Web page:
Conservative Victorian politician Bernie Finn has taken down an offensive post on social media comparing Daniel Andrews to Hitler in what is the second controversy to hit the Liberal Party within a week.
Despite Victorian Opposition Leader Matthew Guy just last month warning MPs to refrain from posting controversial content online, Mr Finn posted – and later deleted – an image depicting the Premier as the Nazi leader.
“The Despot tells us we’ll be free – then rushes into parliament a Bill giving himself total control over almost everything,” Mr Finn wrote.
“Victorians’ freedom has not been under this sort of threat since World War II.
“It’s time for us all to fight again!”
Mr Finn has become infamous for regularly posting controversial and often offensive content online, with some Liberals worried his online behaviour could bring the party into disrepute.
While other MPs often stir debate on social media, Mr Finn has published “jokes” about Chinese rockets falling on media personalities and politicians. In the past he also posted pro-Trump conspiracy theories, including that the former US president had been improperly removed from office.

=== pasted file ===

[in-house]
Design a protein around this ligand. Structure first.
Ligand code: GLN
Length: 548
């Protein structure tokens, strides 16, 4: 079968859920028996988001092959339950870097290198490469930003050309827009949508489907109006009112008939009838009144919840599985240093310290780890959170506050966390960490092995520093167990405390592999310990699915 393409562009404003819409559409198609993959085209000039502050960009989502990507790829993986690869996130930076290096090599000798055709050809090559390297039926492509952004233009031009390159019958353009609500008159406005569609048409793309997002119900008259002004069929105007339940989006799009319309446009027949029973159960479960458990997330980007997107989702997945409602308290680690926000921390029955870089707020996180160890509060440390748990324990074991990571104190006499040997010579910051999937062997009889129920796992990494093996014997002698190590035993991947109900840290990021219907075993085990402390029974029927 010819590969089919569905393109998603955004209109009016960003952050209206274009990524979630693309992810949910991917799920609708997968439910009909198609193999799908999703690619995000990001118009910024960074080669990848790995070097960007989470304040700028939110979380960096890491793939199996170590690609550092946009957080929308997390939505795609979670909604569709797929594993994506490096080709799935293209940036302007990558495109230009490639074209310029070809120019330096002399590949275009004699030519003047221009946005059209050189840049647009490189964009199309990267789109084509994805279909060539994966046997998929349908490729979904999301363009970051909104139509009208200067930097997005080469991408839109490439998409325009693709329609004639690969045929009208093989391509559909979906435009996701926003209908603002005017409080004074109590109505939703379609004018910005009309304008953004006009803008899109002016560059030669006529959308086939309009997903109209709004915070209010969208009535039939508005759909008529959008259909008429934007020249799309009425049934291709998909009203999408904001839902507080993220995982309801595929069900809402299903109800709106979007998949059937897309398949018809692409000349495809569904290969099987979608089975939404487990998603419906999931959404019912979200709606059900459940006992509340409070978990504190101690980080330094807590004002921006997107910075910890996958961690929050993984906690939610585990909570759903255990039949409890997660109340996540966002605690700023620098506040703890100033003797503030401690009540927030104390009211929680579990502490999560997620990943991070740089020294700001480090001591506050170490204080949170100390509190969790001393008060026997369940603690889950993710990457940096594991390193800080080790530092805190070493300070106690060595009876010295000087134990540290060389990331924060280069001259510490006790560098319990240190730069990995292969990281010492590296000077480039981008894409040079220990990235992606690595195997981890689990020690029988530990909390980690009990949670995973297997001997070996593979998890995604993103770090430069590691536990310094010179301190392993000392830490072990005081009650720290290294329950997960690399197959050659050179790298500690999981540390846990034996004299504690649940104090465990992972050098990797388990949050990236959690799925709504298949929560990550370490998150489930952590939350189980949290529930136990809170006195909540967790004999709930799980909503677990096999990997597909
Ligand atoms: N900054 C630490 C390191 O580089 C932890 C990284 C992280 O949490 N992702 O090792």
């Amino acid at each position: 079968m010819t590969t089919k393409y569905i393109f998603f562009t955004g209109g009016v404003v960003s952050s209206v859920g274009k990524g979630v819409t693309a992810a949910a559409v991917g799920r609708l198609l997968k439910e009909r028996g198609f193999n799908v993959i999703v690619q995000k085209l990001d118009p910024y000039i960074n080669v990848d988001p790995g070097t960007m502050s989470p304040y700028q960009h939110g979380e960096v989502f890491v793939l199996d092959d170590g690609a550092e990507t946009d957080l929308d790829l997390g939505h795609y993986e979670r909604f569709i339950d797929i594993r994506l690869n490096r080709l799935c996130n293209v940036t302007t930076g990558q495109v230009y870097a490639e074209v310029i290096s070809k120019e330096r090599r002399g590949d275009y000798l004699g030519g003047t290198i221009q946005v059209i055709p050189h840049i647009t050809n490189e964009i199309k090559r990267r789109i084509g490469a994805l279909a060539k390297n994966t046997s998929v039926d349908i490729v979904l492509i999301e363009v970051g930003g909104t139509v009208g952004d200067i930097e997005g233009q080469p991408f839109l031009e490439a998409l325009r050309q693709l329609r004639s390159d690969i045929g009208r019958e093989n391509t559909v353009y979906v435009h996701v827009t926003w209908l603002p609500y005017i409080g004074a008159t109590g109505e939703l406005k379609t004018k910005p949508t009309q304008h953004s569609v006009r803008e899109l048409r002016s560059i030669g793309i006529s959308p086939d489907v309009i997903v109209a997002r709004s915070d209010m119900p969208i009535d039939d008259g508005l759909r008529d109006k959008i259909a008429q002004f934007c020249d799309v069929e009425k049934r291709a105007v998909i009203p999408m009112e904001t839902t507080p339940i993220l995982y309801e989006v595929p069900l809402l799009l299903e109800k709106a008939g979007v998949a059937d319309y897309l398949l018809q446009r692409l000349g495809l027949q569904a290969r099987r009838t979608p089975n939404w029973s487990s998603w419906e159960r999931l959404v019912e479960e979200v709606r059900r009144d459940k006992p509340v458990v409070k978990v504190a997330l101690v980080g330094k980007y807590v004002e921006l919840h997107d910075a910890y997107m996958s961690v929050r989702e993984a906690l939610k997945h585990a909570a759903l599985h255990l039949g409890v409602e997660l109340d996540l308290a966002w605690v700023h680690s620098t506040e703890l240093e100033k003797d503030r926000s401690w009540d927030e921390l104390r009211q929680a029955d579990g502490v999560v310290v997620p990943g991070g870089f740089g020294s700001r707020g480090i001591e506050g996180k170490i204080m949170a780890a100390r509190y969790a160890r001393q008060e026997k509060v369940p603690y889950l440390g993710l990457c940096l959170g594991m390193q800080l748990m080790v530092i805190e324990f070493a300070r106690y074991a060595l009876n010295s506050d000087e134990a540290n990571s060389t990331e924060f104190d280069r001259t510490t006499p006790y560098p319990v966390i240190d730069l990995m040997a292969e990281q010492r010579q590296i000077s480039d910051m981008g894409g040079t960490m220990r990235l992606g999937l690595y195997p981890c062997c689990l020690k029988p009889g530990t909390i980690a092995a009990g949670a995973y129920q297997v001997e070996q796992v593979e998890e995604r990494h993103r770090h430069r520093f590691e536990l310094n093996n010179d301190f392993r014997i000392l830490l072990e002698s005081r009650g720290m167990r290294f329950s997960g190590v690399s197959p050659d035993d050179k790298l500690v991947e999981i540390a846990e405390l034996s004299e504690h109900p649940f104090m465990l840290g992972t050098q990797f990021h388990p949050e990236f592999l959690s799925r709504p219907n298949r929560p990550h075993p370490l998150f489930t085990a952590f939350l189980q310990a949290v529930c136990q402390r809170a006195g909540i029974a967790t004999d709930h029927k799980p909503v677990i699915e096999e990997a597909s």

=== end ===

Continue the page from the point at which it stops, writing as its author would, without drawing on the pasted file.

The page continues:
Liberal MPs have publicly criticised Mr Finn’s content, which last month prompted a warning from Mr Guy that he would “expel” those taking part in bad behaviour on social media.
Mr Guy on Monday told reporters that he had not seen the post but had been told about it.
“It sounds, from what I’d heard, quite ridiculous,” Mr Guy said.
“People need to focus, all MPs need to focus on their jobs, and bad behaviour from any MP is not what the public respects at this point in time or any point in time.”
The incident is the second controversy to hit the Victorian opposition within a week, with shadow attorney-general Tim Smith resigning from the front bench after he drove drunk and crashed his car into a family’s home on the weekend.
The incident has prompted calls for Mr Smith, who had dreams of one day becoming Victorian premier, to resign from politics completely.
Fronting the media on Monday, Mr Guy said the MP’s fate would become more clear in the coming days.
The party was caught up in another controversy late last month after a recording of an expletive-laden party room meeting was leaked publicly, showing extreme division between MPs over the issue of gay conversion laws.
When asked if it was difficult to focus on the state’s future while constantly having to pull up his MPs, Mr Guy said it was time for them to “focus”.
“It is a gift to be elected as a member of parliament, it’s not a right, it’s an absolute privilege,” Mr Guy said.
“Taking advantage of or abusing or betraying trust is a very substantial problem.”
Mr Guy acknowledged it wasn’t a good look 13 months out from the state election.
“This obviously is not a good circumstance. No one can pretend otherwise, but there’s a lot of Victorians who are hurting,” he said.
“They want an opposition that is focused. It’s about time the state received that alternative, and it’s about time they received it without any level of interruption from poor behaviour.”